Featured Artist/Illustrator

Joel Burden

April 2019

The talented Joel Burden talks us through his 'well-trodden route' from graduating Graphic Design, to being in limbo and questioning his next move, to the evolution of him becoming an Illustrator. He gives some great advice on developing your style through being obsessed with with what you do. Finishing up with his plans for the next 12 months are to play!

Did you have a plan for graduation and what actually happened?

I’ve come from a Graphic Design background, so I guess I planned to follow the well-trodden route after graduation and find some placements/internships in studios that sparked interest. By that time however, I was already riddled with mounting fear over whether I actually felt fulfilled by what I was doing, or I was just doing it because I’d already spent so long doing it. It’s hard to spend a chunk of your life striving towards something, only to find that the something isn’t necessarily what you wanted. After that I spent around a year almost in limbo. I knew I wasn’t sure if I wanted to pursue Graphic Design, and in equal measure, I wasn’t sure where that left me. With the gift of hindsight, this period was actually monumentally helpful in me getting to where I am now, at the time however, it left me deeply unsettled. Eventually, after some time away from everyone and everything and doing some fairly mundane jobs, you realise without that creative outlet to express yourself, something fundamental to your very being is missing. I moved home, and started fresh. That process naturally evolved into Illustration, and is still evolving into areas I wouldn’t of expected, like painting and sculpture.

Talk us through a typical working day include for you right now.

Being freelance, my working day has been a system of trial and error, and I can’t stress the word ‘error’ enough. Recently however I’ve been getting into a groove that works for me. I’ll normally get up early, eat a quick breakfast and try and get out the door to and to the studio as swiftly as possible (it can be easy to be a little liberal with your time when no ones going to tell you off for getting in a little late). When I arrive, I’ll have a coffee and make a plan for the day/reply to correspondence. After that you just need to get to it. I’ll stay till around 8PM most days, with a break in the middle for food and maybe a run to get outside, little self-care things. The key is to put yourself in an environment you can be productive in, and stay there until you are. If you haven’t got any commissions on, you should be passionate enough in what you do to make something anyway.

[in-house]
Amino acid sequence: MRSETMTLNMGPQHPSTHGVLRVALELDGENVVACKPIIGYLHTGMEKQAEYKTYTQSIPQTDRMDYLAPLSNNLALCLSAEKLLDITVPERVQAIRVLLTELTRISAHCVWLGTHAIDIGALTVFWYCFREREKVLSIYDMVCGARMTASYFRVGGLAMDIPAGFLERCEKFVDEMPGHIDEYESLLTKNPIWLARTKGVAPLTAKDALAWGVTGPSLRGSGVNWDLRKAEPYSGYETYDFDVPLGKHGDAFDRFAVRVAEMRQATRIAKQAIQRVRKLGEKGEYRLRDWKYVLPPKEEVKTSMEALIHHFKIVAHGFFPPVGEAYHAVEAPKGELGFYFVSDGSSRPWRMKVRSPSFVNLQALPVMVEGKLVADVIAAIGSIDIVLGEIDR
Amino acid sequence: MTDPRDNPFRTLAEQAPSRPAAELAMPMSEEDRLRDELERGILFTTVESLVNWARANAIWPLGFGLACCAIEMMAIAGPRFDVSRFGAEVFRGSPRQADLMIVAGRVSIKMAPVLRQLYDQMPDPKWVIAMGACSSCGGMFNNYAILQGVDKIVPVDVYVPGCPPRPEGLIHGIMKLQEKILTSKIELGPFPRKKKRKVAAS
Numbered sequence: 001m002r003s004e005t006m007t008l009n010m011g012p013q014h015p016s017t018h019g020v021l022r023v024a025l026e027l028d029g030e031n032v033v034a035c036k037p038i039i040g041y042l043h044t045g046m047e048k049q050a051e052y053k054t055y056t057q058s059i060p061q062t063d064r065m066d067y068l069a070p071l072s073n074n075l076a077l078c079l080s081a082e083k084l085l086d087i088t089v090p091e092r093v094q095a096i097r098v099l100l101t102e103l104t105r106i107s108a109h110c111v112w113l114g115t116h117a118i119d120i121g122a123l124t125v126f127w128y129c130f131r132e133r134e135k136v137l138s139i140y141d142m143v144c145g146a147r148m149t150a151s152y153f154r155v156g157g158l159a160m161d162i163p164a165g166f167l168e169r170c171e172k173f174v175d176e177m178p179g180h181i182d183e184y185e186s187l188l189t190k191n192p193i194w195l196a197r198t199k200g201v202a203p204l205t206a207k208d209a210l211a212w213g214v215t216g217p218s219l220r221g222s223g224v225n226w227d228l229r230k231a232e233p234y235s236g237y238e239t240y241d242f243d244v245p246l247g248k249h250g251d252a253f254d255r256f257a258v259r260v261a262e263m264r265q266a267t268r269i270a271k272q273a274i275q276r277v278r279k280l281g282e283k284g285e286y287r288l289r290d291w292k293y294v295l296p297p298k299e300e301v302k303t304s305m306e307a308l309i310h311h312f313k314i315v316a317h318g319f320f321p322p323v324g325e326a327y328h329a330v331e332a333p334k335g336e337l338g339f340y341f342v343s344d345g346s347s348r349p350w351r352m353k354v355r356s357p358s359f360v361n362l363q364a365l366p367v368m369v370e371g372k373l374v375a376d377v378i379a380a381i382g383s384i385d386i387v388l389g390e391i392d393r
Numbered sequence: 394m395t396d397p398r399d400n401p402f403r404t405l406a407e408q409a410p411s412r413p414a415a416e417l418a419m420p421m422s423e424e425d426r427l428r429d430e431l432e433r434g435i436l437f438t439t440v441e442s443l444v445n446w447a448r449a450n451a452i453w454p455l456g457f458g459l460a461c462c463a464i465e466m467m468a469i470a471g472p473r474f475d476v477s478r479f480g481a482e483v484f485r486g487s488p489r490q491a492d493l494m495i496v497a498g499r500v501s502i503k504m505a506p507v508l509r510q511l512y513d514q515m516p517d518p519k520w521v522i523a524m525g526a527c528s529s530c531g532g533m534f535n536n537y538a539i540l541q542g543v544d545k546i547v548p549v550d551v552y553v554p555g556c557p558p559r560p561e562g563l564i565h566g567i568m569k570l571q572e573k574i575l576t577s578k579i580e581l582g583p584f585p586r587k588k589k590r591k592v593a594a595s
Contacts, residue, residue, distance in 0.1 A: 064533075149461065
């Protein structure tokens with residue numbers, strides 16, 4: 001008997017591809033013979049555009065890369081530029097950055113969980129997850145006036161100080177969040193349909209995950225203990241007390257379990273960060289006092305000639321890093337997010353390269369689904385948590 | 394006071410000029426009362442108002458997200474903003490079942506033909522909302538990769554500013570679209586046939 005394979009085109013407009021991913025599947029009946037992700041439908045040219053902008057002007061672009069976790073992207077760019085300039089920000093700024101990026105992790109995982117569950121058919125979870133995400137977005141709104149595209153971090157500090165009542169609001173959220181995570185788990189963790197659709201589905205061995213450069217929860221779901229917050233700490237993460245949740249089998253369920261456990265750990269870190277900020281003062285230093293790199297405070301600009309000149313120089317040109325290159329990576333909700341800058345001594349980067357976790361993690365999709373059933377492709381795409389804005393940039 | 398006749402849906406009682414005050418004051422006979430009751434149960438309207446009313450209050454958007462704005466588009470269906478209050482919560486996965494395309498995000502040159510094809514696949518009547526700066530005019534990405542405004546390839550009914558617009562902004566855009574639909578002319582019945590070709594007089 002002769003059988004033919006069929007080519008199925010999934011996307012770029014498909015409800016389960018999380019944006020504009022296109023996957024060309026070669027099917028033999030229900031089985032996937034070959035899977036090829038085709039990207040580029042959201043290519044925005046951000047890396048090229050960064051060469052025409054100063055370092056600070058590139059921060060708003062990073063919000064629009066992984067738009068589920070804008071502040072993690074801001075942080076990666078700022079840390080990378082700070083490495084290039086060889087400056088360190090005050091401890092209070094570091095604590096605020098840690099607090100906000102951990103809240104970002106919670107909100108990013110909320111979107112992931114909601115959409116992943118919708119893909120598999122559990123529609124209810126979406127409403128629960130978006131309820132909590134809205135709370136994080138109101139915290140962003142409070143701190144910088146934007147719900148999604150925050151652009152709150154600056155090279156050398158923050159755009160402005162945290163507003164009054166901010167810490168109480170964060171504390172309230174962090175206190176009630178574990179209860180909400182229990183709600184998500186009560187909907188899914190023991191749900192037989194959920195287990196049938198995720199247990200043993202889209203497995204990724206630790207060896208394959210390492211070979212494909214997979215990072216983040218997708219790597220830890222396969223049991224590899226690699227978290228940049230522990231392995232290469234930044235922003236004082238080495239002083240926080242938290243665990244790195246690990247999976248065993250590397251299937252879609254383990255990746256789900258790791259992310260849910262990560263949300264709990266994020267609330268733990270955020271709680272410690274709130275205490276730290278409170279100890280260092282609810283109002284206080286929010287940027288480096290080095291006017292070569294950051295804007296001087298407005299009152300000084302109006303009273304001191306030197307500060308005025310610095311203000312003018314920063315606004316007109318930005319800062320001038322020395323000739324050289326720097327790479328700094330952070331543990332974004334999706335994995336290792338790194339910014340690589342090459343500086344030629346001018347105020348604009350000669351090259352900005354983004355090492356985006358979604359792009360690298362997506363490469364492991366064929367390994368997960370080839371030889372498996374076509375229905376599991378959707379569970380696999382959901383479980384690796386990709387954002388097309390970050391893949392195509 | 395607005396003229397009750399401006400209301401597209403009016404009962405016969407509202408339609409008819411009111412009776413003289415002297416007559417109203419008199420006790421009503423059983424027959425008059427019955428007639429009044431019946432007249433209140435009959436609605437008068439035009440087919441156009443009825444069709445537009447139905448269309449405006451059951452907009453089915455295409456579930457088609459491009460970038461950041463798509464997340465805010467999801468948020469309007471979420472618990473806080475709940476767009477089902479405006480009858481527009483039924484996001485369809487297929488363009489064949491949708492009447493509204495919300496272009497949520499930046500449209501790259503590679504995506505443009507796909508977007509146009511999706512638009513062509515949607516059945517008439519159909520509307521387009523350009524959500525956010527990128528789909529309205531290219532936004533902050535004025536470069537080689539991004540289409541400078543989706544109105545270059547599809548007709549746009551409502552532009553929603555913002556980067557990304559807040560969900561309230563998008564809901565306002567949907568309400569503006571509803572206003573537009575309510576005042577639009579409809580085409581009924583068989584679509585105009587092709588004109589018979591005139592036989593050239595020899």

How did you develop your style as an illustrator and what tips would you have for others?

It’s something I’m still trying to figure out myself, and always will be I imagine. I think naturally, with time and patience, it will take shape. Most people begin by imitating work by others they admire, from which you understand what interests/doesn’t interest you, but at a certain point you risk losing your own voice. Moving forward, it’s about trusting yourself, and having the confidence to stick by the decisions you make. Hopefully from this, a style will begin to grow organically, and one that is very much your own.


2019 in a sentence- Don’t let the bastards grind you down.


What advice would you give students graduating in 2019?

Make work that interests you, and put the time in. A lot of time. Be obsessed with what you do, do it as much and as often as you can, whenever you can, and be patient with yourself. Nothing will happen overnight. Don’t be drawn into doing things for likes, it will leave you feeling hollow and unfulfilled. You have a lot to say and give, value your own opinion.

Whats on the cards professionally and personally in the next 12 months?

Play. I’m interested with making things more tangible with paint and clay. Allowing things to develop naturally I think. If an idea might project better in 3D or animated, try it. Be open to possibility. Personally I think I’m just trying to be kind to myself, when you feel good you’re more likely to do good.

2019 for you in a sentence.

Don’t let the bastards grind you down.

Website: joelburden.com

Instagram: joelburden

Twitter: joelburden


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